c) a central processing unit (CPU) at least having an operation unit and the cache memory that has two read modes consisting of a low-speed-mode supplying an enable signal to a data memory associated with a hit tag memory and a high-speed-mode supplying the enable signal to all of data memories simultaneously, a read mode being automatically changed to another read mode according to the frequency of the reference clock signal; and
d) a memory connected to the CPU through a bus.
15. A system having an n-way set-associative cache memory for checking each of tags read, according to an index, out of n tag memories of the cache memory to see if each tag read hits a given cache address tag, providing hit information indicating a hit tag memory among the n tag memories, selecting a datum among n data memories that is associated with the hit tag memory, and outputting the selected datum, the system further comprising:
a) an input controller for switching a system operation frequency to another;
b) a reference clock generator for generating a reference clock signal whose frequency changes depending on a signal from the input controller;
c) a central processing unit (CPU) at least having an operation unit and the cache memory that automatically changes a read mode according to the frequency of the reference clock signal, the cache memory comprising:
a reference pulse generator for generating a reference pulse signal whose pulse width is set according to a read time of the n tag memories;
a start signal generator for comparing the pulse width of the reference pulse signal with a half-period of the reference clock signal, and according to a result of the comparison, providing one of a low-speed-mode start signal and a high-speed-mode start signal; and
an access controller for providing an enable signal according to the start signal and hit information, the enable signal allowing data stored in the data memory associated with the hit tag memory to be read, and
d) a memory connected to the CPU through a bus.
16. The system of claim 15, wherein the start signal generator provides one of the low-speed-mode start signal and high-speed-mode start signal in a period of the reference clock signal next to the period of the reference clock signal in which the comparison has been made.
17. The system of claim 16, wherein the start signal generator generates the low-speed-mode start signal by delaying the reference clock signal for a given time if a half-period of the reference clock signal is longer than the pulse width of the reference pulse signal, and generates a high-speed-mode start signal equivalent to the reference clock signal if a half-period of the reference clock signal is shorter than the pulse width of the reference pulse signal.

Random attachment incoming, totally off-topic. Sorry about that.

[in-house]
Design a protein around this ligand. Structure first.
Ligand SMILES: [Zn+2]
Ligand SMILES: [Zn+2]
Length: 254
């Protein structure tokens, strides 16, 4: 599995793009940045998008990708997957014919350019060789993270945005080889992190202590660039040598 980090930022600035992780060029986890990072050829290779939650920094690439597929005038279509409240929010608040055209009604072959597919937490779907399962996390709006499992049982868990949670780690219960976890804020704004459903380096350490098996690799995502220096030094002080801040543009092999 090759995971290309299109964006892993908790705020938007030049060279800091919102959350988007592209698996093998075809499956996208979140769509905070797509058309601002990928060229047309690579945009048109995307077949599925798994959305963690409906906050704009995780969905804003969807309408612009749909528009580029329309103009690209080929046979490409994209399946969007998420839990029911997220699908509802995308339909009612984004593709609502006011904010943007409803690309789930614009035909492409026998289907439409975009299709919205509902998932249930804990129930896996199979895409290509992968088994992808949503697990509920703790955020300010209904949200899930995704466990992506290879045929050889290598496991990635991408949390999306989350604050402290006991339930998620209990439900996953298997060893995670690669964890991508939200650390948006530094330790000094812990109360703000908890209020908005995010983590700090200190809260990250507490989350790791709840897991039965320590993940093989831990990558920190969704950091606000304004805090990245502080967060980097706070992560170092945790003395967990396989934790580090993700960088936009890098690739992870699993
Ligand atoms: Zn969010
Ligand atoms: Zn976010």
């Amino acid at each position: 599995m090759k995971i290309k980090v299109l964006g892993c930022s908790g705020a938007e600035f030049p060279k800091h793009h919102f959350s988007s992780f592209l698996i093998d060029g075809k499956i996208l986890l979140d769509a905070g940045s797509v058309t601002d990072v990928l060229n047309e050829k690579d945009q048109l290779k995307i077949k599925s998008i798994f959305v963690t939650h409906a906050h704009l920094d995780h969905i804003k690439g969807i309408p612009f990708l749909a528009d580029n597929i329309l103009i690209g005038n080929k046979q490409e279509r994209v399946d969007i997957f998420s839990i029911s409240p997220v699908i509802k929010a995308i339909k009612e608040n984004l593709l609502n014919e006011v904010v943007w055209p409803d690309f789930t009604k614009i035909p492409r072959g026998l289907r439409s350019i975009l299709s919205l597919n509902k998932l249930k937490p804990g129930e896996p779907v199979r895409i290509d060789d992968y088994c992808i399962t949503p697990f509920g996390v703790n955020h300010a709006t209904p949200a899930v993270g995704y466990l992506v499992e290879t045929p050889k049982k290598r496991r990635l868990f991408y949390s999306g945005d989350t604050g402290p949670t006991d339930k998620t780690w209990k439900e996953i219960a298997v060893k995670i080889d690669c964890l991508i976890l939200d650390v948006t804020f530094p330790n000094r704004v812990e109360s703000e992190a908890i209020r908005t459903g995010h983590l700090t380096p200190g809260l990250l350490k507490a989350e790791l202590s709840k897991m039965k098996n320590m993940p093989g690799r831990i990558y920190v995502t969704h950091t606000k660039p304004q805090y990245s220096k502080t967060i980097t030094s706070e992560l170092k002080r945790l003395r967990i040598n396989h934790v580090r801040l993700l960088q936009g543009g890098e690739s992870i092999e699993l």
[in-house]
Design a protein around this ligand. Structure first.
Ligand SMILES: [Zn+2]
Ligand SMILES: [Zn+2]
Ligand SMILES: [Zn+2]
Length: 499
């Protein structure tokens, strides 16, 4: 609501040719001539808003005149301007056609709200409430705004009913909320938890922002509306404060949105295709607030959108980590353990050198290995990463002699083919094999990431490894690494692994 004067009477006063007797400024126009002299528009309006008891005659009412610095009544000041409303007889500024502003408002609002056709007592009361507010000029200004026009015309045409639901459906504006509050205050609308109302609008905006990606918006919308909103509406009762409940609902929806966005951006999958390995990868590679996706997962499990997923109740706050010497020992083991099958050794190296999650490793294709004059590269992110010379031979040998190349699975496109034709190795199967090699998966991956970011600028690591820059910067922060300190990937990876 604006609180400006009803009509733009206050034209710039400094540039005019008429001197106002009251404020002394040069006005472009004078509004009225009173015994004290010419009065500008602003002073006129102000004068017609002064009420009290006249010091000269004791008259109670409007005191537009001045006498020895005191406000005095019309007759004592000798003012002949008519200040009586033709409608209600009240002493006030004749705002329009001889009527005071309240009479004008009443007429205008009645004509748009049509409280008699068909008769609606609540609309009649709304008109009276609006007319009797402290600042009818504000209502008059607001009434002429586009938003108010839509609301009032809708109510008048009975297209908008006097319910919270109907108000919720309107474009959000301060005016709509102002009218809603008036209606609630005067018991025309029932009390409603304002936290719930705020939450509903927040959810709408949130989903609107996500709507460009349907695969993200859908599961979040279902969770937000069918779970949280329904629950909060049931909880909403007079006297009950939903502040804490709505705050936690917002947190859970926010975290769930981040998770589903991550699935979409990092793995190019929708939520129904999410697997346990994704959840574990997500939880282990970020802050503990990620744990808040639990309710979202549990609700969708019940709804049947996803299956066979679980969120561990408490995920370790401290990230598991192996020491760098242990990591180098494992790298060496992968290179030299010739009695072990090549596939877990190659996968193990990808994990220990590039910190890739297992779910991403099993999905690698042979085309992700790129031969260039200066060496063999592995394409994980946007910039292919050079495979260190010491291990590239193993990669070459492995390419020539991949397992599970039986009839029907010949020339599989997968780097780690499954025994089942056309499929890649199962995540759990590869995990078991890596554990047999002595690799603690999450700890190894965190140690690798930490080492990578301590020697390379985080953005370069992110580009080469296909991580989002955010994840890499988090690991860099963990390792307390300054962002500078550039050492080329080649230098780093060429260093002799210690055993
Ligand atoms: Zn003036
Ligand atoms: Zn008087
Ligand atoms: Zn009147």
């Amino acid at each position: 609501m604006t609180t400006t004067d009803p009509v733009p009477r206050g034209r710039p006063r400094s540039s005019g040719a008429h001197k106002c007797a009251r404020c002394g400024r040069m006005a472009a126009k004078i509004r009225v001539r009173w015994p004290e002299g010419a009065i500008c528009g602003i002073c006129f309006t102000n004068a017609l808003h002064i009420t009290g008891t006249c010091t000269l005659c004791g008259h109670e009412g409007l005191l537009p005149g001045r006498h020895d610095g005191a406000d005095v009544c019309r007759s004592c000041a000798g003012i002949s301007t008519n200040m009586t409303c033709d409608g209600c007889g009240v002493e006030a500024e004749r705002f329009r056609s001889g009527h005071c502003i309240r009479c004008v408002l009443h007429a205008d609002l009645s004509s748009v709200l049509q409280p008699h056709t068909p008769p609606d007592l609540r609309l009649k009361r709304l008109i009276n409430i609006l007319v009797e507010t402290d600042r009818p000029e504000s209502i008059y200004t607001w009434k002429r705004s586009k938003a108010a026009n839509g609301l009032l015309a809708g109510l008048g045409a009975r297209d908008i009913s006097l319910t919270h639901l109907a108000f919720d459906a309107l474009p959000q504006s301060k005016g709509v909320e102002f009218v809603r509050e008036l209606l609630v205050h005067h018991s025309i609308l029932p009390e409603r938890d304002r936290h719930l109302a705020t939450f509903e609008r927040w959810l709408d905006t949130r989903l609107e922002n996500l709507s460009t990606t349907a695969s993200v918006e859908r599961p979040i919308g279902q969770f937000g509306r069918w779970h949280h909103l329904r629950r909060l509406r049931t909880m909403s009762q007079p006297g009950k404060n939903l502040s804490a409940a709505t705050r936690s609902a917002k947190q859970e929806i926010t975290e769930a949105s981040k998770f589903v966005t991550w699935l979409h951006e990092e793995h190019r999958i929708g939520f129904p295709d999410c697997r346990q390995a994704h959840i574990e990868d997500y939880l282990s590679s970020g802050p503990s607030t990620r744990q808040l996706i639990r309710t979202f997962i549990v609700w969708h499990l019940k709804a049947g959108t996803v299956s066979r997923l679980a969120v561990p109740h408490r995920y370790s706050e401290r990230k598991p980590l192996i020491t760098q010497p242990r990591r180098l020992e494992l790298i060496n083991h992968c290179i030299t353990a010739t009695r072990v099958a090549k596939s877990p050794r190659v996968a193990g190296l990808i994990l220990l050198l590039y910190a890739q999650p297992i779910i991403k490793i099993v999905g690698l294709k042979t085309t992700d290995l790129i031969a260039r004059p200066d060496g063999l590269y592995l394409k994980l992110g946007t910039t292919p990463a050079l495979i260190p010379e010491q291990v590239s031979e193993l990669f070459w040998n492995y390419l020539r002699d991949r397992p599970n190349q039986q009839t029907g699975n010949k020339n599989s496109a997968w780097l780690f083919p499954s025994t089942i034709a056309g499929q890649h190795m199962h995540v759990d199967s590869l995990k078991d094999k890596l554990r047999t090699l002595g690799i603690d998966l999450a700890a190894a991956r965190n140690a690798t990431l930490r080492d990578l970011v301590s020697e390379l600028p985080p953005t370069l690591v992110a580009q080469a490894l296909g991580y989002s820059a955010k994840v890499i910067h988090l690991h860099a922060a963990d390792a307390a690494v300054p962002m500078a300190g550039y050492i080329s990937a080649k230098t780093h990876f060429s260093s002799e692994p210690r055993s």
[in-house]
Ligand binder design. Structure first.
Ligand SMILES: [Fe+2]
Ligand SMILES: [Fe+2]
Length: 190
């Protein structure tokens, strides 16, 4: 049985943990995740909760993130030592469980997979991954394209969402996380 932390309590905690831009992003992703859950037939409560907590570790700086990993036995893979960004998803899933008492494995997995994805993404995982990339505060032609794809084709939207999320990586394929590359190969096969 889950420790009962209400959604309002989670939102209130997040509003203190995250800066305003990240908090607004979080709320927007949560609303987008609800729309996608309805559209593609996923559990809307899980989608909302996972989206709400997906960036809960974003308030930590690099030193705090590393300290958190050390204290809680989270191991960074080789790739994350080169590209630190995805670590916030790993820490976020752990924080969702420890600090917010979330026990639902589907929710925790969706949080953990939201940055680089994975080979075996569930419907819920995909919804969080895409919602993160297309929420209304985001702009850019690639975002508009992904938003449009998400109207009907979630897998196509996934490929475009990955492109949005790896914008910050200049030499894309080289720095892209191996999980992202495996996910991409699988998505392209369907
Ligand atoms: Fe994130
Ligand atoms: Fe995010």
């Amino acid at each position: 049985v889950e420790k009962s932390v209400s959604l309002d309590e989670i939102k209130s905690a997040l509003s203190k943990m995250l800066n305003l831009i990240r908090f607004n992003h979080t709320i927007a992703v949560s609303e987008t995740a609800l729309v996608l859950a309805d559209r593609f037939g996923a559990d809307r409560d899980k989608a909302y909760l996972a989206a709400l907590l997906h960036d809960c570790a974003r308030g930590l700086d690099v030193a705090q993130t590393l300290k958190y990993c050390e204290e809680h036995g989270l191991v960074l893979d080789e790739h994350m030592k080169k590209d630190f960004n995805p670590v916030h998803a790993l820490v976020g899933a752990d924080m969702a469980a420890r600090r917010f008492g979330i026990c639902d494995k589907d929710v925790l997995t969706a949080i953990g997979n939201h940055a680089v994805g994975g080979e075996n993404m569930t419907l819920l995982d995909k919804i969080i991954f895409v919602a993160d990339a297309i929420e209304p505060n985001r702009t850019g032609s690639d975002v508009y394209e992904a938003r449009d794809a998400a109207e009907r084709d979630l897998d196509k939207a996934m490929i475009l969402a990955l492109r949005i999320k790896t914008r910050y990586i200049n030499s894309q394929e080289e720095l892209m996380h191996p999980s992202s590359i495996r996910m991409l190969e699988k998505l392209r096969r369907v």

18. The system of claim 15, wherein the access controller supplies the enable signal only to the data memory associated with the hit tag memory when receiving the hit information before the low-speed-mode start signal, or to all of the data memories when receiving the hit information after the high-speed-mode.
19. The system of claim 15, wherein the access controller supplies the enable signal to all ways of the data memories, and upon receiving the hit information, stops supplying the enable signal to the data memories except to the data memory associated with the hit tag memory.
Description
BACKGROUND OF THE INVENTION

1. Field of the Invention

The present invention relates to a cache memory that dynamically switches between low- and high-speed modes according to the frequency of a reference clock signal and a computer system employing the cache memory.

2. Description of the Prior

FIG. 1 shows an n-way set-associative cache memory according to a prior art. The cache memory has n ways of tag memories 100, n ways of data memories 101 provided for the tag memories 100, respectively, tag comparators 102 provided for the tag memories 100, respectively, a hit controller 103, and a way selector 104. FIG. 2 is a timing chart showing an operation of the cache memory to see if the cache memory holds required data. The operation is carried out according to a reference clock signal CLK. An index, which is a part of a reference address, is used to read a tag out of each tag memory 100. Each tag comparator 102 checks the read tag to see if it hits a cache address tag, which is the remaining part of the reference address. A result of the checking is supplied to the hit controller 103, which informs the way selector 104 of a hit tag memory whose tag has hit the cache address tag. The index of the reference address is also used to read data out of the n ways of data memories 101. Among the n pieces of read data, the way selector 104 selects one read out of the data memory that is associated with the hit tag memory.

Under a high-speed operation, the prior art simultaneously reads the tag memories 100 and data memories 101. In this case, the ways 0 to n-1 of the cache memory involve at least "n-1" mishits. This means that electric power used to read "n-1" extra data memories 101 is wasted whenever the cache memory is accessed.